Our second stop was the village school of Ravi Ravi on Beqa Island where we have started a new program. There, they have both primary and secondary schools. The secondary school is brand new and now children don’t have to leave the island for secondary education – this is huge. As usual, all serious discussions in a village in Fiji are done around the kava bowl and we had kava and discussions with the head master and village elders on the needs of the school and are now in the process of setting up a similar system where the school can purchase needed educational supplies paid for by OHF through local shops in the capital of Suva. In working with schools, we are now asking them to provide us with a list of what they need so we can prioritize those needs and create a forward looking budget. It was interesting to see that the headmaster enrolled the help of all the teachers in creating the list we were given and individual students who needed textbooks were listed by name. Additionally, we also donated 100 Project Aware Kids workbooks to the school! This process began with us presenting a teachers guide to the headmaster who in turn consulted with all the other teachers. It was then decided that the workbooks would be adopted for education at the school.
Ocean Conservation in Indonesia
Our next stop was New York City, the Big Apple, where we went to Beneath the Sea – the largest consumer dive show in the US. And you may ask, what does that have to do with OHF? Good question. One of our strategies and personal beliefs is to do ocean conservation work wherever our dive travels take us. And at Beneath the Sea, we met with the management of Misool Eco Resort who are our “on the ground” people for administering programs in Indonesia.
On Misool and the surrounding islands, there are a number of community schools that were built by the government and then mostly abandoned. The teachers that have been sent to teach at these schools are neither paid by the government nor well trained. They are paid, occasionally through a community fund but when the community has no money, the teachers are not paid and often do not show up to teach. Our immediate goal in Misool is to assist with teacher salaries and arrange for teachers from larger cities in Indonesia to come and train them. In Misool, teacher salaries run about $85-$125 a month. Until the schools there are operational on a consistent basis, effective education will not be possible so that’s where we are starting. We are getting information from Misool so we can work up a budget here as well and will be getting them Project AWARE kits in the next month.
What We’ve Learned About Ocean Conservation
We are always learning new lessons and more effective ways of doing ocean conservation.
Moving forward, in all villages we will have an educational slideshow entitled Your Amazing Ocean where we share with the village images that we have taken of the local reefs and fish. It creates a sense of pride and ownership and for many, is the first time that they have ever seen what the reefs look like underwater. We got this idea after talking with teachers that told us that many people in the villages don’t know that much about the Ocean.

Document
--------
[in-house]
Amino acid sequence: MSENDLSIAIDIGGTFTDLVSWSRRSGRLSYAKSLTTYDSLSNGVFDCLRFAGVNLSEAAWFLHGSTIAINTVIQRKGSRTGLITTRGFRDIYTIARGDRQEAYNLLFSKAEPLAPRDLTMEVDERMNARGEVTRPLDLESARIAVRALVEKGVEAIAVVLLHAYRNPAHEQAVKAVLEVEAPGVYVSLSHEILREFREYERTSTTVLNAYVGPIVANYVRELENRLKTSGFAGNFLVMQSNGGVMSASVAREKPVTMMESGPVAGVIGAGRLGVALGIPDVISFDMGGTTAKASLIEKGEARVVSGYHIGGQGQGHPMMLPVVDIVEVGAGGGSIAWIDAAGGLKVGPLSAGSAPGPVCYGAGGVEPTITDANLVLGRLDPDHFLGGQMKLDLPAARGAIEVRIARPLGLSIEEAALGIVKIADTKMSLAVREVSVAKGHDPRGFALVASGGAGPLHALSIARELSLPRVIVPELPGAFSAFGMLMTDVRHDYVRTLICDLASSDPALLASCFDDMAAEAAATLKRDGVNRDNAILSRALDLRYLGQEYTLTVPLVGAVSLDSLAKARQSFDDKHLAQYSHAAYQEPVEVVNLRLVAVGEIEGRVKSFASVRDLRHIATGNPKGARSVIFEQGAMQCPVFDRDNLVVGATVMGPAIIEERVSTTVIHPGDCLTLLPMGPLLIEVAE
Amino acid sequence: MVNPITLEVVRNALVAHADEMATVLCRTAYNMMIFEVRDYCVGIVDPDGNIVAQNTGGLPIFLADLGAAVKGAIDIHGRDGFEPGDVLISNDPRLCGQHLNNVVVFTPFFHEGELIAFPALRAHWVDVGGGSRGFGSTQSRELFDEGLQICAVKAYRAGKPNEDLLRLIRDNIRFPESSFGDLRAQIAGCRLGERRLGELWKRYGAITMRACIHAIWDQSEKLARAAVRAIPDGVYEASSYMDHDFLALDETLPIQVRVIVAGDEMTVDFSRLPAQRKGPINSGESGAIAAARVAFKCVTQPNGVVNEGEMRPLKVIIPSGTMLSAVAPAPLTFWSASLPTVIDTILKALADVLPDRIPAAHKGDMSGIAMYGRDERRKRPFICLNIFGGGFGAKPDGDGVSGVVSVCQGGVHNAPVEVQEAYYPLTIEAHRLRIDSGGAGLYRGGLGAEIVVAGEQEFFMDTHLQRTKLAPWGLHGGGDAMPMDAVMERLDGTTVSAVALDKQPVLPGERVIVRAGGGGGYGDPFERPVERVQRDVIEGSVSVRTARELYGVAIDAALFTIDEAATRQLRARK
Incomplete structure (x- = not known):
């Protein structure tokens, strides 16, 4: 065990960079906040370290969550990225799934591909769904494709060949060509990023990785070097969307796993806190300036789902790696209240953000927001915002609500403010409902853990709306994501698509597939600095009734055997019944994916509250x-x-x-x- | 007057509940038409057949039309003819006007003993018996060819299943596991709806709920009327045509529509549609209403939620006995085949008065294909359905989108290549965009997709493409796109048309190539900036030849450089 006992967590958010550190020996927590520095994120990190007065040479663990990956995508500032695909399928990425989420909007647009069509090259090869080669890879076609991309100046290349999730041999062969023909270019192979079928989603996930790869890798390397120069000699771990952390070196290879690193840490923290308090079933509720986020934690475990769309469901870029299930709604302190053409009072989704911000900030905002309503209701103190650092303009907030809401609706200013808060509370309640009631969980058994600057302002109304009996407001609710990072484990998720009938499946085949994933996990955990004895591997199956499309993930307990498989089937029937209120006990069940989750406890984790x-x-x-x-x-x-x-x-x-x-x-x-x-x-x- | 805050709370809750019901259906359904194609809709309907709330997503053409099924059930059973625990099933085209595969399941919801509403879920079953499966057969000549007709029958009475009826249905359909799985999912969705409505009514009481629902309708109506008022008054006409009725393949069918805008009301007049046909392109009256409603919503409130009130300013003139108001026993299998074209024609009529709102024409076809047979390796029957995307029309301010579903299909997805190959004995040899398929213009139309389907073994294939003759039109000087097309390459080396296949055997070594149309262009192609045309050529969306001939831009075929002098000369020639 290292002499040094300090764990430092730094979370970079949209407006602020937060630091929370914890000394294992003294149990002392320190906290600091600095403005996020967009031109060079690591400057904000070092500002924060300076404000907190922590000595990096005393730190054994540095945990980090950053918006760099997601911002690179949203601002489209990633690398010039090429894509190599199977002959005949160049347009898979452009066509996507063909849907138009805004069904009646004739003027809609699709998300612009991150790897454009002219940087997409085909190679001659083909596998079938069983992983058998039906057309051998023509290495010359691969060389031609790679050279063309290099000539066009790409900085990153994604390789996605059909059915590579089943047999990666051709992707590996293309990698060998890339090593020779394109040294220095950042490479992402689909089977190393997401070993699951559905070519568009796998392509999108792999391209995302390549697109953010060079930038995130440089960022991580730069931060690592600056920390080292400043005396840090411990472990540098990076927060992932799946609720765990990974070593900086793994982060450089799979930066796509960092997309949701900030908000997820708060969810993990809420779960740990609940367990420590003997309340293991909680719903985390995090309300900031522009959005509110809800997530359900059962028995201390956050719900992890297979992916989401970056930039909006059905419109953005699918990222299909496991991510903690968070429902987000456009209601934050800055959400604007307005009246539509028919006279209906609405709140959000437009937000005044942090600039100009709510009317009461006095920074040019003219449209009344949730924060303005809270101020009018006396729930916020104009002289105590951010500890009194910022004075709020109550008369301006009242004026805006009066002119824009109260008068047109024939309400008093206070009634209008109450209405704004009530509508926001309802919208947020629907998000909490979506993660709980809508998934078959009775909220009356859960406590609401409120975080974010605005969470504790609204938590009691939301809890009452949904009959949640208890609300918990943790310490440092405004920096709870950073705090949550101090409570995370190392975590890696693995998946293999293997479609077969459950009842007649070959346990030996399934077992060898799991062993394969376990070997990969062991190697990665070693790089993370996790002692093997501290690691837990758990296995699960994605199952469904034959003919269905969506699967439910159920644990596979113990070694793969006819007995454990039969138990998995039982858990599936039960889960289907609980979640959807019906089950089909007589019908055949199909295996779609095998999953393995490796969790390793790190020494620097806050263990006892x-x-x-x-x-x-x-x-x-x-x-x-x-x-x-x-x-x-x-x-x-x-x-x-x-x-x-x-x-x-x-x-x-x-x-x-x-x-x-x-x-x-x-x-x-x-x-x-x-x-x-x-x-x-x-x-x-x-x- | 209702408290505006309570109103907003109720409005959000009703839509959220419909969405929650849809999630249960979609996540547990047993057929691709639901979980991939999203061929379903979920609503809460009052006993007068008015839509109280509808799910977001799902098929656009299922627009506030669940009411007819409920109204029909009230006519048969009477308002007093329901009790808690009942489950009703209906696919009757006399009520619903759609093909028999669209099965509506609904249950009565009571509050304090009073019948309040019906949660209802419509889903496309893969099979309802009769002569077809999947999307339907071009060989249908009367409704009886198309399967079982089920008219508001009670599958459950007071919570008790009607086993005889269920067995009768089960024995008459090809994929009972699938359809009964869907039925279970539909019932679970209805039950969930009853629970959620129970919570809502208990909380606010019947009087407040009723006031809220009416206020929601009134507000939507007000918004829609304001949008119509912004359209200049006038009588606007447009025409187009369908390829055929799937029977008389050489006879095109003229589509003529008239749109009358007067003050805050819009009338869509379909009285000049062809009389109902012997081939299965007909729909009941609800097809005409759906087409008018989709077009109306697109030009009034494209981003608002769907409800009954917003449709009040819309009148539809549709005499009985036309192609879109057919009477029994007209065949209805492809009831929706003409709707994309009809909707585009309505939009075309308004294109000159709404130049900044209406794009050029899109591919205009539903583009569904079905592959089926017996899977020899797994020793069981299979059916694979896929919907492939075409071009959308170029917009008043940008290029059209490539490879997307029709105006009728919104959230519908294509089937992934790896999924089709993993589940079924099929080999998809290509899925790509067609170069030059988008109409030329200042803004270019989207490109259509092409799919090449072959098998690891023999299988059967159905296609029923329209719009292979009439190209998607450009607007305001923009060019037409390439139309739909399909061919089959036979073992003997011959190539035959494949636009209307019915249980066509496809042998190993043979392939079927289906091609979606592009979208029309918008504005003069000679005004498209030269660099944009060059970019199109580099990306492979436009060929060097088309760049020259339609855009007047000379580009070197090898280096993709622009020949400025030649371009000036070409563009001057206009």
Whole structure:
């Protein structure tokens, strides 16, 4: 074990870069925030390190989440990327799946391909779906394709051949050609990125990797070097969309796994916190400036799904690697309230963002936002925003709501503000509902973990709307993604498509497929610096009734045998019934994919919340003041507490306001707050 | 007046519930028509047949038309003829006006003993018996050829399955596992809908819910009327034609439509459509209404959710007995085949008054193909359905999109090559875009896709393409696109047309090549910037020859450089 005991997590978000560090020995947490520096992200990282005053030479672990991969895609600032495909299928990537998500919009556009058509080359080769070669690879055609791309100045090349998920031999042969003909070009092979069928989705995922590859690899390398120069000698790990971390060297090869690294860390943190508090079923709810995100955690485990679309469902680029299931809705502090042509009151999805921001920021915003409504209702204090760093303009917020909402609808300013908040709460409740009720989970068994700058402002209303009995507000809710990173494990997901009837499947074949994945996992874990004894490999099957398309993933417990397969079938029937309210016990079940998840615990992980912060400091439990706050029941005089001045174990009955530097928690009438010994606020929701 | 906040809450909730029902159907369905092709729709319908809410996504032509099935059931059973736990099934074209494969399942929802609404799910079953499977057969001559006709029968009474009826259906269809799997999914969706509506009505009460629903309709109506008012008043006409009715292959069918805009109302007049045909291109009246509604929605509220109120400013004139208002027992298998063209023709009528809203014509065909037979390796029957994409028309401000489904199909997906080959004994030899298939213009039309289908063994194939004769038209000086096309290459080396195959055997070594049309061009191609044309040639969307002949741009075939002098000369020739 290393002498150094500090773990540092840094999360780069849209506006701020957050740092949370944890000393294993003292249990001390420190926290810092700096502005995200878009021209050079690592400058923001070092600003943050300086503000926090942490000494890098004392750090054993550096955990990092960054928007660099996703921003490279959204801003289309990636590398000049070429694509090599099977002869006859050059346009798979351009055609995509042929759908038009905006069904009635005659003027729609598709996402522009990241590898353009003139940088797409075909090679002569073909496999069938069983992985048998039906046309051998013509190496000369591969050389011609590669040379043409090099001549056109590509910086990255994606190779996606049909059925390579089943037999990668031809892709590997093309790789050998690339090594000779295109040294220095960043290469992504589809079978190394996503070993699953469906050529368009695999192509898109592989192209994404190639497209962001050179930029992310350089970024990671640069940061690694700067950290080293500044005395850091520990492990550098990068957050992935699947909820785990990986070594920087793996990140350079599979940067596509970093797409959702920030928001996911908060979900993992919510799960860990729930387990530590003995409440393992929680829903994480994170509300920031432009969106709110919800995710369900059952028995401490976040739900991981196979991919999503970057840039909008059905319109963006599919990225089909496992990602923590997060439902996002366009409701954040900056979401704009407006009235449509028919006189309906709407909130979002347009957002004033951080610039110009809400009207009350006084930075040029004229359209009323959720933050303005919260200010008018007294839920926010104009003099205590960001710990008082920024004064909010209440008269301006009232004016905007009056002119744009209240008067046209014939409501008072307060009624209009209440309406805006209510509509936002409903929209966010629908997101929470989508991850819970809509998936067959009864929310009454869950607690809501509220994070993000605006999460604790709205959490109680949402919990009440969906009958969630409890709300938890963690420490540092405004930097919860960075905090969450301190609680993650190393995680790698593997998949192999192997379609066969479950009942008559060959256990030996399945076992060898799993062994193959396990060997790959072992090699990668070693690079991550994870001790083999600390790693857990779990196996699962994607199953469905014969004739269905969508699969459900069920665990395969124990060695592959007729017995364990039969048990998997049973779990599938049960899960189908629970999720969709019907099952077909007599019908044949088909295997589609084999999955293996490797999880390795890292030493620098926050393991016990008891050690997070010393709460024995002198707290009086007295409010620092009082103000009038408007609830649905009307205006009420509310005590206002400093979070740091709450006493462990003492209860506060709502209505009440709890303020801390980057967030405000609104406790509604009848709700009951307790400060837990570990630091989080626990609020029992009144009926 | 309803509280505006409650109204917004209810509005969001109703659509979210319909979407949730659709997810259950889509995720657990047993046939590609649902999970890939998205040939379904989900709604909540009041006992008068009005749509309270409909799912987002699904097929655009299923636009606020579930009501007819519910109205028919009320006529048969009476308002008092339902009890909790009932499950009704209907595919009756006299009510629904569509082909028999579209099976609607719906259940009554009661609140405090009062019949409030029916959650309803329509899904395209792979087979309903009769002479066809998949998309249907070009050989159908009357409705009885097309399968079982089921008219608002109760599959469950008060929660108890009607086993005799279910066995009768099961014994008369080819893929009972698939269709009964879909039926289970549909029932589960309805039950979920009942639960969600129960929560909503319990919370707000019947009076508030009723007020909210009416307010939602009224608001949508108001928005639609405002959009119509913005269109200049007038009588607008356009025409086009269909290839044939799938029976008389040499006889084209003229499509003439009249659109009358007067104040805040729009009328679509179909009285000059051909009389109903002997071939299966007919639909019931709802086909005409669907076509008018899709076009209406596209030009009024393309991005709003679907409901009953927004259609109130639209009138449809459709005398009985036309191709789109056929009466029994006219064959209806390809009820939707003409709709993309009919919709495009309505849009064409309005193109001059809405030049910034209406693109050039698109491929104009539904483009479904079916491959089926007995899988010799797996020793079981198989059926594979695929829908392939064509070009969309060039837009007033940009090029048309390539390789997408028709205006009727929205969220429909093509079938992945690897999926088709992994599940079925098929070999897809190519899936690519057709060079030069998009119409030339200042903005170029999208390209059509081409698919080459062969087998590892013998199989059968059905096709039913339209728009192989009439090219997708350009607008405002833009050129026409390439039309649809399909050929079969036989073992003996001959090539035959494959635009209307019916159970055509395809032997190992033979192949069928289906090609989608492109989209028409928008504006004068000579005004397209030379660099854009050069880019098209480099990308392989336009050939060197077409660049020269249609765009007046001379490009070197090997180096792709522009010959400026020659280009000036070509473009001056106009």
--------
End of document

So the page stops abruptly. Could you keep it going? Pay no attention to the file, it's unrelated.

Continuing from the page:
The Project Award Kids workbooks have been a big hit with the teachers and students alike. We have found that it is necessary to do a training session with teachers using the material because even though we make teachers guides available, sometimes they need someone to work with them on how it will actually be used in the classroom.
OHF has established local representatives on the ground that will work with us on an ongoing basis to implement and monitor the work we are doing. It is critical to have local partners.
Thank You for Supporting Ocean Conservation
Thank you for your trust and support. We want you to know that we are careful stewards of your gifts and always look for ways to create the greatest results for time or money spent.
We continue to pour hundreds of hours of our own personal time, our money and hearts into OHF. Because we run our international Ocean of Hope programs concurrently with our dive trips, Global Dive Expeditions provides almost all the operating expenses for OHF so over 99% of all donations go directly to programs where they are really make a difference. This is almost unheard of in the non profit world. Our legal services (Rapier & Wilson and Hunton & Williams), banking services (American National Bank of Texas), logo and graphics work (Villy Werner), printing services (Minuteman Press Greenville Rd, Dallas) and accounting services (Larkin and Rainey PC) are all donated. THANKS GUYS!
We believe that a grass roots, educational approach to creating an entire new generation of ocean stewards and explorers is already starting to pay dividends. Small right now, yes. But we’ve only just begun.